What would you like to do?
a Massachusetts saying- Marblehead, MA is a seaside town north of Boston--- the phrase is used to describe understanding ('light dawns') of something by a person who is being a bit dense or stubborn ('Marblehead')
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The name marble derives from the Greek word “marmaros” and means “shining stone”.
It's a phrase commonly said in Massachusetts. It essentially means "Ohhhh, now I get it..." or "Duh!" as when you didn't "get" a concept, and somebody explains it …better such that you now understand it, and it was never that difficult in the first place, or maybe the original explanation was confusing. Marblehead is the eastern-most town in Mass, and is truly the first place you'd see the sunrise. (Great answer, except for one thing. I think the residents of many North Shore, South Shore, and Cape Cod towns, might disagree with you that Marblehead is the eastern most town in Massachusetts) The expression is a play on words, i.e. when a light bulb comes on over your 'marble' head.
The word 'marbles' has had many meanings throughout history. Marbles are generally known as the little glass balls that children use to play a game. From the mid 19th c…entury, 'marbles' was also used to mean 'personal effects', 'goods', or more generally 'stuff'. This derived from the French word 'meubles', which means 'furniture'. Therefore, to lose one's marbles means "to lose your stuff," or, idomatically, to lose one's mind.
because they feel like it and they want to
This phrase originated in early English theatre, before the development of good stage lighting. All stage lighting was by reflected candle light, mounted at floor level, …downstage of all performers. Even with highly polished reflectors, the light did not extend very far, and a number of reflectors must be used to clearly illuminate an actor. Needless to say, many lights must be used for any given actor to be placed 'in a good light' Therefore, an actor had to be very good to earn the right to be; 'put in a good light' so, any actor so placed had earned this high compliment, usually by earning an important role
Among the ostrich's proverbial peculiarities are indiscriminate voracity (especially a habit of swallowing iron and stone to aid digestion), want of regard for its eggs, and a… tendency to hide its head in the sand when pursued. "Alike (the) Austridge, who hiding her little head, supposeth her great body obscured"  Ostriches do put their heads in the sand, but ostrich farmers say they do this in search of something to eat.
Ezekiel, chapter 3, verses 8 and 9
According to Thomas Tayler's Law Dictionary (printed in 1856), the phrase "Wolf's Head" pertains to an outlaw, meaning a person who might be killed with impugnity, like a wolf…. It is said that the phrase was originally found in the phrase "to cry wolf's head." But I have no idea where that phrase came from.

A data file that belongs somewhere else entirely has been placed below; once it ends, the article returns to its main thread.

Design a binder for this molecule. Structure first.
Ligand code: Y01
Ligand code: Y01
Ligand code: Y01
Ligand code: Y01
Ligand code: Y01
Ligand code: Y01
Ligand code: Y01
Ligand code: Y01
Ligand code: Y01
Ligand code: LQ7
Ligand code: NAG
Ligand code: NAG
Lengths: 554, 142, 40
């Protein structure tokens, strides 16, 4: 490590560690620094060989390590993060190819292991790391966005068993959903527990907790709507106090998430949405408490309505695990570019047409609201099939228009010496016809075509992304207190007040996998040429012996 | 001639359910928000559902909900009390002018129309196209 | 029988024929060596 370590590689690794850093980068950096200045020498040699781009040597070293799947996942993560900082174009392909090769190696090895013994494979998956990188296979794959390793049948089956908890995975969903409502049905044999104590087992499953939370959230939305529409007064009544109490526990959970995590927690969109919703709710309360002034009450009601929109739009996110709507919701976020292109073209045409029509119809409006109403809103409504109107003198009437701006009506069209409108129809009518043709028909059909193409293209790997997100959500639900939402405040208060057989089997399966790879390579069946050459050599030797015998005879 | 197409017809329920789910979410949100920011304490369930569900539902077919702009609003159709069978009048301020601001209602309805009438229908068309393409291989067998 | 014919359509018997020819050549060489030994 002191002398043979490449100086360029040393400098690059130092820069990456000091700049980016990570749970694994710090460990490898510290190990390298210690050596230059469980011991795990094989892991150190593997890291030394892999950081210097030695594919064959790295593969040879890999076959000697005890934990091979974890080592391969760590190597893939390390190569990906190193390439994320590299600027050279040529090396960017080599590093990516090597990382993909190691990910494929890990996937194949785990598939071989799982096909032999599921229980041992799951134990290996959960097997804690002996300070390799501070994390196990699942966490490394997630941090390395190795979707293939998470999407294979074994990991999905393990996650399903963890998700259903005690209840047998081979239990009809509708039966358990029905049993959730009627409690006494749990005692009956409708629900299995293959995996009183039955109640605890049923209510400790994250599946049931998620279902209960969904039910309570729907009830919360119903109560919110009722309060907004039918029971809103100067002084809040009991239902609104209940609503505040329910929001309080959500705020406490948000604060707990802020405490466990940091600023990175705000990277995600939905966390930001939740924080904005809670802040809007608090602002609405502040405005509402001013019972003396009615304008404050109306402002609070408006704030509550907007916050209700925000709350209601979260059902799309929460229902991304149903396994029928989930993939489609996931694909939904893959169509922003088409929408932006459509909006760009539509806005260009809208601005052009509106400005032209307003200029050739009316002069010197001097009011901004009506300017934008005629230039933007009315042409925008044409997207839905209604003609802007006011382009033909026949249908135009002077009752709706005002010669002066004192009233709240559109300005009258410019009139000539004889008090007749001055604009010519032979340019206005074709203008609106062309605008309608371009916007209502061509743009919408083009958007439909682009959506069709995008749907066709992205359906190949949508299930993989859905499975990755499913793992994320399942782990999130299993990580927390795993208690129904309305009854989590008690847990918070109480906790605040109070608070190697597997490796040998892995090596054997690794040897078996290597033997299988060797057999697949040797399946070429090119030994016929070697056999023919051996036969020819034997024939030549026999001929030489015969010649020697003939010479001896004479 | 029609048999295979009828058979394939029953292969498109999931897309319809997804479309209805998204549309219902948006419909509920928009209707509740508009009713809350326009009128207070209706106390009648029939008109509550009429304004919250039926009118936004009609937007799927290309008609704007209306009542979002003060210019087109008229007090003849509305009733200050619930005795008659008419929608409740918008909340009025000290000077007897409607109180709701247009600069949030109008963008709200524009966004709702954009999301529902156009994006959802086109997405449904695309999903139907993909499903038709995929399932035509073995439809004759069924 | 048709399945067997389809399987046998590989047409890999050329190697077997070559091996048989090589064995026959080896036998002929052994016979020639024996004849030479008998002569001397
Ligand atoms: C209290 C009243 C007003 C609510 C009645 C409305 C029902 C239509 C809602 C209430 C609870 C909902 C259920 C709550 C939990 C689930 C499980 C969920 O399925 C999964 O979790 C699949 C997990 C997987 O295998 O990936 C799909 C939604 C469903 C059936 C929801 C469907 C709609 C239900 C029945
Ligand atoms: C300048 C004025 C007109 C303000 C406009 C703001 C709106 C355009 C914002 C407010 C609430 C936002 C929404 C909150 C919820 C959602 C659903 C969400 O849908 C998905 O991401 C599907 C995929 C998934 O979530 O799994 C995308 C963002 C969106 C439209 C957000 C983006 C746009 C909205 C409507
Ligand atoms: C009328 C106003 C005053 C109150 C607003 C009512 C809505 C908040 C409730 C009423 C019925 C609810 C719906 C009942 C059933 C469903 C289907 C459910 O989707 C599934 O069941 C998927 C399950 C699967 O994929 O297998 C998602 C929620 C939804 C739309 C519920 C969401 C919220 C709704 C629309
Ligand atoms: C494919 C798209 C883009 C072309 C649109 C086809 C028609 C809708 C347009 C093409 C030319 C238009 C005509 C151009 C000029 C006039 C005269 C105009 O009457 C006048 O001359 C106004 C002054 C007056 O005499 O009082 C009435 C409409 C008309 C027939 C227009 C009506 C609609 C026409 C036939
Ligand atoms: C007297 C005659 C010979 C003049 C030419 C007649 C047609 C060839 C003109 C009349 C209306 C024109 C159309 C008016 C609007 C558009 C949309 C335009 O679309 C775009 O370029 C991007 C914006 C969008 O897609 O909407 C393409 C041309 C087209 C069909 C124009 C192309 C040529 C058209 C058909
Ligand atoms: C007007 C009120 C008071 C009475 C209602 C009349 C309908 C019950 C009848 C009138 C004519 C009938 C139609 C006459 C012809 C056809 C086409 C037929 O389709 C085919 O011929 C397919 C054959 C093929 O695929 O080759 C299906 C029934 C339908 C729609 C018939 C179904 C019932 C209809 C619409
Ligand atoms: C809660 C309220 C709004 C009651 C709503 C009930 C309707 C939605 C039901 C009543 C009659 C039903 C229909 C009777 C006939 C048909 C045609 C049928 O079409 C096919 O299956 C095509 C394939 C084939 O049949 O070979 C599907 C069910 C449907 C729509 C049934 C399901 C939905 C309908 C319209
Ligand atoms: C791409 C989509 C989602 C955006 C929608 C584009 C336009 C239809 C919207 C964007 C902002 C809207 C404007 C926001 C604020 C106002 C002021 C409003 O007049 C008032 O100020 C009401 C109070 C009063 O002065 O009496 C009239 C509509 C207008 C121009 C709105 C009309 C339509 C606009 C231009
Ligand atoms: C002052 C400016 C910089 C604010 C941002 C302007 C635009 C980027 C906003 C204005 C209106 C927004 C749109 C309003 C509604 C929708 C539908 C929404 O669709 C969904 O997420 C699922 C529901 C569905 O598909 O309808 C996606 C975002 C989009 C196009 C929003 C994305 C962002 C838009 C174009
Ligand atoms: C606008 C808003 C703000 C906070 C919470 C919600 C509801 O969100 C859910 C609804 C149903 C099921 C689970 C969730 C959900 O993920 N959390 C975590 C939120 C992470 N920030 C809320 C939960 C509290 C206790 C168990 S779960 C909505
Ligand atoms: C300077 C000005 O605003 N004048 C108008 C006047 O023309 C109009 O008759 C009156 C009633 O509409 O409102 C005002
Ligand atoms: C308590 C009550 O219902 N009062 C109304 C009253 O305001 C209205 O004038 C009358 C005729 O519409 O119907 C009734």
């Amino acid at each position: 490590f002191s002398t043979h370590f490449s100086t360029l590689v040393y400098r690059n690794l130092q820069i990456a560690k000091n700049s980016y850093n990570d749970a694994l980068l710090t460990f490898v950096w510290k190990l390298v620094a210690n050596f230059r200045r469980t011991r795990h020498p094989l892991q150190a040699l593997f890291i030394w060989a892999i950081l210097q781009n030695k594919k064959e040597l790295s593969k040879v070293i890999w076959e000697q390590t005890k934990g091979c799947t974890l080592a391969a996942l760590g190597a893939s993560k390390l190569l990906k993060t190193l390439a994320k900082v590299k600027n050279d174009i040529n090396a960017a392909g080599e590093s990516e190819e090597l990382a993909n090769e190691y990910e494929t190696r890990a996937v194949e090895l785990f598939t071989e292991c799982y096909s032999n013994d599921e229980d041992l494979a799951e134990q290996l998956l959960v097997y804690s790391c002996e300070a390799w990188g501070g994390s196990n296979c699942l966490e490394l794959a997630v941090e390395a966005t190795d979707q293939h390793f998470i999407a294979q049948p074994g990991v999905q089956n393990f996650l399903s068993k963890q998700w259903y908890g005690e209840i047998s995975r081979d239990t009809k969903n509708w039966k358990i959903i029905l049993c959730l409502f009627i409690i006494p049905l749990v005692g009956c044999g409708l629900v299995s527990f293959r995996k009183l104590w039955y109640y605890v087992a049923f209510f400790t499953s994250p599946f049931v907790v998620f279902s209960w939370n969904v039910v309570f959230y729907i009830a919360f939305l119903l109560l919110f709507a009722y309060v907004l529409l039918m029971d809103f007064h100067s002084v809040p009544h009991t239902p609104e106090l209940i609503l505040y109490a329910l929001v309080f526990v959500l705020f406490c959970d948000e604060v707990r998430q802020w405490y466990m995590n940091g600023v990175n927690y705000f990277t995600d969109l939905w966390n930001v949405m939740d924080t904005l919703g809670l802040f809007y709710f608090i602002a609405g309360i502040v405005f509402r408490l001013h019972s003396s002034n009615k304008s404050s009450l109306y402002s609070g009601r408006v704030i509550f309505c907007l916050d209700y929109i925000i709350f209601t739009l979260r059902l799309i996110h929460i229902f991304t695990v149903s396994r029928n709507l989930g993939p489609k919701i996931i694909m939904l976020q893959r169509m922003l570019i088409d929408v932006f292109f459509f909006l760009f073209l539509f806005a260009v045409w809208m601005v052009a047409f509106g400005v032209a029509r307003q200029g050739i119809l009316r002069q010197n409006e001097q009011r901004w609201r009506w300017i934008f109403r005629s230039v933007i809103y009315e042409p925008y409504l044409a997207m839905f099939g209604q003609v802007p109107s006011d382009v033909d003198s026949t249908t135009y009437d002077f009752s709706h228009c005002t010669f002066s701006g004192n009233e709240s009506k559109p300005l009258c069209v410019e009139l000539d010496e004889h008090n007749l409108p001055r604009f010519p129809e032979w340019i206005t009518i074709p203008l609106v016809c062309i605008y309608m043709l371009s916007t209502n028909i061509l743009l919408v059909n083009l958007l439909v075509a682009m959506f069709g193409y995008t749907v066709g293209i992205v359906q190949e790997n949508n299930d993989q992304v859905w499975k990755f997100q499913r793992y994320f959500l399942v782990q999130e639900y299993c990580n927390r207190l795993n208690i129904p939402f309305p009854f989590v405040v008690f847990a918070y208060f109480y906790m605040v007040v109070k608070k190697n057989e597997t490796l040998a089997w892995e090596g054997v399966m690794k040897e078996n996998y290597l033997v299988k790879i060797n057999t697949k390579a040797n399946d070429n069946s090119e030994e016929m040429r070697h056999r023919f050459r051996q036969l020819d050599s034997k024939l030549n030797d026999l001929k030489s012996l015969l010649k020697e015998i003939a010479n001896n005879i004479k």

From theoretically being in water so deep that in order to stand it would be over your head
The term derives from the boy's game of marbles which was hugely popular in the US during the last 1/3 of the 19th through the first 1/2 of the 20th centuries. Marbles were …almost always wagered through playing a game of "keepsies" whereby each of the players placed an agreed upon number of their marbles equal to those placed by the other players into a circle drawn in the dirt and by knocking other player's marbles outside of the ring by shooting at them using a "shooter" marble from outside the ring, the shooter kept the marbles he "scored" and continued shooting until he missed then it was the next players turn. When all marbles were gone from inside the circle, the game was over and the players kept whatever number of marbles they "scored". It wasn't necessary to keep score in a casual game such as this since whatever marbles each player had afterwards was the score. Since all marbles entered were at risk, it was possible for one or more players to lose all their marbles by the game's conclusion. Since marbles were the prize possessions of many little boys, it is safe to assume that one who had lost all of his might wander around the streets in a daze, perhaps the shock of having been wiped out casting a pall of funk or insanity over the loser, especially if viewed by passersby and out of context. Having lost all ones marbles may have caused the loser to express great anger - an early, alternate connotation of the saying which eventually gave way to the term meaning that one who lost his marbles has gone insane, which is logical as being angry or "mad" can easily morph to "madness" or insanity.
Probably from the fact that when a person was executed by guillotine the head would roll around, even when landing in a basket.
Metaphorically drowning; through lack of skills, knowledge, time etc.
I believe this term comes from medieval times when someone was insane they would often cut their heads off hence the term "don't lose your head"
Dragon ball z
This phrase has a number of applications, to be over the hill as 'past one's prime' or anything that is in decline, has been known since the 1900's. Another meaning is to 'bre…ak out of prison'. The origin may be taken from a 17th Century nursery rhyme - 'Over the hills and far away' which is self explanatory. There are other less important applications, origins not really known